A Biographical War Shirt with Bottom Tab Leggings, circa 1800 - 1820.
Attributed to Northwest Plains.
Made of Native tanned hide, porcupine quill, pigment, and red trade cloth.
The construction technique, painting style, and quillwork on this rare Northern Plains shirt and leggings testify that the garments were created early in the nineteenth century and, replete with symbolism, most likely belonged to a high-ranking individual. We can also be certain that it was the garment of a powerful and eminent man. For many years it remained in a collection in Belgium before returning to the American West. Belgium was the home of numerous missionaries who travelled to North America in the early nineteenth century in an attempt to carry out their conversion work among the northwestern Plains and the eastern Plateau region including the Blackfeet, Kutenai, and Flathead tribes. This shirt and leggings was housed at a monastery in Belgium and therefore, scholars feel that a missionary obtained this shirt and leggings in America and took it to Europe.
The shirt is made of two soft-tanned deerskins, probably from prong-horned antelope or white-tailed deer. Slight tailoring or cutting has been applied to the arms where they are joined to the body of the shirt. The smooth surface is ideal for the pictographic motifs drawn upon it. The sides of the shirt are open, the edges of which are slightly fringed, a feature which extends to the bottom of the shirt and lower leg portions. This is a technique employed on early Plains shirts. The use of red trade cloth at the neck suggests symbolic associations.
On the back of the shirt (shown facing the viewer) a figure with a long bow-lance is rendered to the right of the quilled disc, which is generally associated with military societies or shamanistic powers. This lance is embellished with eagle feathers and ermine strips, note the lines with black tips top and bottom of the lance. The artist-explorer Karl Bodmer depicted a similar bow-lance in his rendering of an Assiniboin warrior. These types of lances were also carried by the Blackfeet and were illustrated by artist George Catlin in his rendering of a Blackfeet medicine man performing a ritual over a dying warrior.
The quilled discs are definite but not exclusive to Northern Plains clothing. In 1834, the German explorer Maximilian Prince of Wied reported that such large discs were considered an Assiniboin feature. However, by Maximilian’s time Blackfeet warriors were wearing shirts exhibiting the large quilled disc. The quillwork on the shoulder and armbands of the shirt has been found on early ceremonial shirts from both the Northern and Central Plains. This shirt also exhibits a quill technique of early Northern Plains in that each lane of the armbands has the appearance of being made up of diamonds.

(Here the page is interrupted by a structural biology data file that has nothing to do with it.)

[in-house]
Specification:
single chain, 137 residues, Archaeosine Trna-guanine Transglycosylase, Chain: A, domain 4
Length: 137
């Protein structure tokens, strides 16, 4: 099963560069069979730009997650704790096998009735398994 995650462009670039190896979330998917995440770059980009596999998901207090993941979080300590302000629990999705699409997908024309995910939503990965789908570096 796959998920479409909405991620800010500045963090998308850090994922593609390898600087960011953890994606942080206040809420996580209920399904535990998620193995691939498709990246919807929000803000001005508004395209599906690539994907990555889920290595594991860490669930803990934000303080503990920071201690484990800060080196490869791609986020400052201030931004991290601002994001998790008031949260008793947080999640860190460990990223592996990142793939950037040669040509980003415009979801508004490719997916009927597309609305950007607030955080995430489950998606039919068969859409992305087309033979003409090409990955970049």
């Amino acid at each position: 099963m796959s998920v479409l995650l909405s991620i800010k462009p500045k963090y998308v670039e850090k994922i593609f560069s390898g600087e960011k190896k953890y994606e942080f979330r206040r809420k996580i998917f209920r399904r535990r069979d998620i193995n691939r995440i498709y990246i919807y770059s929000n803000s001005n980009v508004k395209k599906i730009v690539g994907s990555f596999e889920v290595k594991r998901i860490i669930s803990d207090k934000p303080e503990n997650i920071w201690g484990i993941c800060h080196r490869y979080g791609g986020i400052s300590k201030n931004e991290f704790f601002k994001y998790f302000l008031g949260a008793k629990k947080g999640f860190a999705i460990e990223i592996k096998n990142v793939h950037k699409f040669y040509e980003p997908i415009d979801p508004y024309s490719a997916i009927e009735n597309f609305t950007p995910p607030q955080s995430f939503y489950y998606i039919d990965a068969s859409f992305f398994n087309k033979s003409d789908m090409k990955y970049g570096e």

The pictographic exploits painted on this hide suggest that the garment is of the type that would have been worn by an individual of both high shamanistic and military status. Striking pictographic depictions include ten human figures, weapons, guns, bows, spears, and war axes. All are outlined in red. Eight of the human figures show a predominance of greenish-blue paint on the body and two figures on the back, facing the viewer, are outlined in red and one carries a ‘U’-shaped quiver. The rendering of important details includes the figure to the left of the disc that has intricate painting on his shirt. This figure has a ‘U’-shaped quiver and carries a feathered calumet with the black tips of the eagle feathers being carefully rendered. Attached to his head is probably an otter skin. Such a feature occurred on a shirt collected by Paul Kane in the 1840s. The combination of a calumet and the special head regalia suggests that the individual depicted, presumed the original owner of this shirt, was a Medicine Pipe Bundle owner. Described in the mythology of the Blackfeet as a gift from the Thunder Powers, Medicine Pipes and associated accoutrements were believed to have powerful influence in warfare. This figure illustrates its employment in a particular combat.
The V-shaped human figures are very distinctive, and it is possible that the ‘V’ feature conveys a type of body covering. Hide armor was worn by the Plains Indians and was first described by Lewis and Clark in 1804.